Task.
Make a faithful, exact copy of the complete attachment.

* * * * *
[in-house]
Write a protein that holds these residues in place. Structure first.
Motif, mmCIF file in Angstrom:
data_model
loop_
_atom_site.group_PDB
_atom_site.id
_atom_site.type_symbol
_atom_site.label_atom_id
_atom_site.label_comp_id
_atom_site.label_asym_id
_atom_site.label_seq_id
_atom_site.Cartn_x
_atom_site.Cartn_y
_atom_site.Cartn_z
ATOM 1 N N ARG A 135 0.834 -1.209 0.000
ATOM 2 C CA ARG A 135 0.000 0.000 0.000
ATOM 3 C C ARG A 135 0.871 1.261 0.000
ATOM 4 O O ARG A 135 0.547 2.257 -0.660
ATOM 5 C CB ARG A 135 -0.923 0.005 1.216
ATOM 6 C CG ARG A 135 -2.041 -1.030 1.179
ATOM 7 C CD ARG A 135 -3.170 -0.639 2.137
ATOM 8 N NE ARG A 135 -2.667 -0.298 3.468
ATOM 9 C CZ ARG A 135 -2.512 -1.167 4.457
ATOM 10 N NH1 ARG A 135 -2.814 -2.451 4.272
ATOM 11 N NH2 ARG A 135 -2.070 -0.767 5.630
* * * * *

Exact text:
[in-house]
Write a protein that holds these residues in place. Structure first.
Motif, mmCIF file in Angstrom:
data_model
loop_
_atom_site.group_PDB
_atom_site.id
_atom_site.type_symbol
_atom_site.label_atom_id
_atom_site.label_comp_id
_atom_site.label_asym_id
_atom_site.label_seq_id
_atom_site.Cartn_x
_atom_site.Cartn_y
_atom_site.Cartn_z
ATOM 1 N N ARG A 135 0.834 -1.209 0.000
ATOM 2 C CA ARG A 135 0.000 0.000 0.000
ATOM 3 C C ARG A 135 0.871 1.261 0.000
ATOM 4 O O ARG A 135 0.547 2.257 -0.660
ATOM 5 C CB ARG A 135 -0.923 0.005 1.216
ATOM 6 C CG ARG A 135 -2.041 -1.030 1.179
ATOM 7 C CD ARG A 135 -3.170 -0.639 2.137
ATOM 8 N NE ARG A 135 -2.667 -0.298 3.468
ATOM 9 C CZ ARG A 135 -2.512 -1.167 4.457
ATOM 10 N NH1 ARG A 135 -2.814 -2.451 4.272
ATOM 11 N NH2 ARG A 135 -2.070 -0.767 5.630